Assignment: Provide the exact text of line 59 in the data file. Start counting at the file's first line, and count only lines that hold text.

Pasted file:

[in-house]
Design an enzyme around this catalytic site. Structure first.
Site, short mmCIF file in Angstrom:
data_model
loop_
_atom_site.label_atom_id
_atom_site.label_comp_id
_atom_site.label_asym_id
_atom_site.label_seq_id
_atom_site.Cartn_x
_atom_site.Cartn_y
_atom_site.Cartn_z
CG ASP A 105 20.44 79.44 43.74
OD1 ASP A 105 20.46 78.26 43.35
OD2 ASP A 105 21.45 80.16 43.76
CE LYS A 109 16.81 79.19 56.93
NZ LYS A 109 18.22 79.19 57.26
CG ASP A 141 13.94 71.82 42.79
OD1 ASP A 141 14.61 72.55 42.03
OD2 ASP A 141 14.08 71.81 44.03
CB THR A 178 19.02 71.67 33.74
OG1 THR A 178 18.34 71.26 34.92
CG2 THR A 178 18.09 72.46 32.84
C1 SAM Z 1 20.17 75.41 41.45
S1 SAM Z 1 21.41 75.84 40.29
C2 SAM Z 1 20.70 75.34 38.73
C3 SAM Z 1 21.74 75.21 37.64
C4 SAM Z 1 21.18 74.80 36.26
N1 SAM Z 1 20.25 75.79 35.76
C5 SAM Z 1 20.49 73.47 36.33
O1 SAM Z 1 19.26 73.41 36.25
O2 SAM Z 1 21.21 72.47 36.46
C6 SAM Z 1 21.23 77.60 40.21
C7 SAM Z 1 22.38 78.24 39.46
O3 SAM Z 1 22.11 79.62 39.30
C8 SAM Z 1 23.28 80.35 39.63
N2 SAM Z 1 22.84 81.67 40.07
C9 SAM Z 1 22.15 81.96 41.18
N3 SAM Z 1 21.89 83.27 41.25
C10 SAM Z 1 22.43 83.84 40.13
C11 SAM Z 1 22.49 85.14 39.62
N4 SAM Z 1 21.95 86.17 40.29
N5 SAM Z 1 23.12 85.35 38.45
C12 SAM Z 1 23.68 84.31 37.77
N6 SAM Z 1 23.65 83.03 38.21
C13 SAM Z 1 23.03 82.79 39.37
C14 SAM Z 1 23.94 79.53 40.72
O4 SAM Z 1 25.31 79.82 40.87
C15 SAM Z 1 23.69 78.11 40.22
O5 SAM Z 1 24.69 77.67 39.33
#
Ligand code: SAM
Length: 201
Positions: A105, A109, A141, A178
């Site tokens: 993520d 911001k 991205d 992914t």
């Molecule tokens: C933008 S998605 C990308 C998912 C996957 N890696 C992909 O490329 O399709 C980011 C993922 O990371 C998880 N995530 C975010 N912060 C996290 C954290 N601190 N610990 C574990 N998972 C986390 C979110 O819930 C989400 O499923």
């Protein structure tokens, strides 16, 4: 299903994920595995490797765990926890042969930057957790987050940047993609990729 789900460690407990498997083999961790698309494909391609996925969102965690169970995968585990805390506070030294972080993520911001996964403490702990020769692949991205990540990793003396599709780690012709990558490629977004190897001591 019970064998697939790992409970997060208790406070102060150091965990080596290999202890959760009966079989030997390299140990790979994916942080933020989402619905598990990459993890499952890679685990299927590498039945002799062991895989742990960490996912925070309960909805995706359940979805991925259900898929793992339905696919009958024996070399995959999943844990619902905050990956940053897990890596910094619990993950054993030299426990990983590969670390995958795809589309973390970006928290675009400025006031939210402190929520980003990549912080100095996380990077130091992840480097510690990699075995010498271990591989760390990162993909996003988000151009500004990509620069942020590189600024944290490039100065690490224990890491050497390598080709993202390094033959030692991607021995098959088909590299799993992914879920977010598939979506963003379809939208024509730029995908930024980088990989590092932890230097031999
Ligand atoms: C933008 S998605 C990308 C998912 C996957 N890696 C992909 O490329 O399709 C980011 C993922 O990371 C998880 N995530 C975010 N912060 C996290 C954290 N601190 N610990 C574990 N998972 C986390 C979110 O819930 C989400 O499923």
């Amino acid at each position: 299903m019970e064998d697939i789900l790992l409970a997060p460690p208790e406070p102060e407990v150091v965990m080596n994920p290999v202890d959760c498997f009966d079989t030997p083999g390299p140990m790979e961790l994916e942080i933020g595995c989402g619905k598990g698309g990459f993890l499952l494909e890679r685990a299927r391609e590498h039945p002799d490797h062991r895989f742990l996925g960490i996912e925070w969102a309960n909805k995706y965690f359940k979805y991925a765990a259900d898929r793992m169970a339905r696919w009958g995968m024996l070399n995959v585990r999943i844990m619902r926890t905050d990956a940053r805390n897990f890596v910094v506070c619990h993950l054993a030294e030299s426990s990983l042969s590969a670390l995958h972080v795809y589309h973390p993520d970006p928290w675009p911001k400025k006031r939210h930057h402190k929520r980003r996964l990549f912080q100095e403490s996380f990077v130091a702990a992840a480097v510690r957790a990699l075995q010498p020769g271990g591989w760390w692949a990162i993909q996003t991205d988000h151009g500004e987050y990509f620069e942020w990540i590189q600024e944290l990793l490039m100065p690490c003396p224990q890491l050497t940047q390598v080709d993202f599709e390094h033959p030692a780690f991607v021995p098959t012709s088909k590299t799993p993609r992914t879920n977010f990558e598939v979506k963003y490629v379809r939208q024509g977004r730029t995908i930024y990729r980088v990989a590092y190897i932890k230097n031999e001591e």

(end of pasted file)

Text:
């Amino acid at each position: 299903m019970e064998d697939i789900l790992l409970a997060p460690p208790e406070p102060e407990v150091v965990m080596n994920p290999v202890d959760c498997f009966d079989t030997p083999g390299p140990m790979e961790l994916e942080i933020g595995c989402g619905k598990g698309g990459f993890l499952l494909e890679r685990a299927r391609e590498h039945p002799d490797h062991r895989f742990l996925g960490i996912e925070w969102a309960n909805k995706y965690f359940k979805y991925a765990a259900d898929r793992m169970a339905r696919w009958g995968m024996l070399n995959v585990r999943i844990m619902r926890t905050d990956a940053r805390n897990f890596v910094v506070c619990h993950l054993a030294e030299s426990s990983l042969s590969a670390l995958h972080v795809y589309h973390p993520d970006p928290w675009p911001k400025k006031r939210h930057h402190k929520r980003r996964l990549f912080q100095e403490s996380f990077v130091a702990a992840a480097v510690r957790a990699l075995q010498p020769g271990g591989w760390w692949a990162i993909q996003t991205d988000h151009g500004e987050y990509f620069e942020w990540i590189q600024e944290l990793l490039m100065p690490c003396p224990q890491l050497t940047q390598v080709d993202f599709e390094h033959p030692a780690f991607v021995p098959t012709s088909k590299t799993p993609r992914t879920n977010f990558e598939v979506k963003y490629v379809r939208q024509g977004r730029t995908i930024y990729r980088v990989a590092y190897i932890k230097n031999e001591e």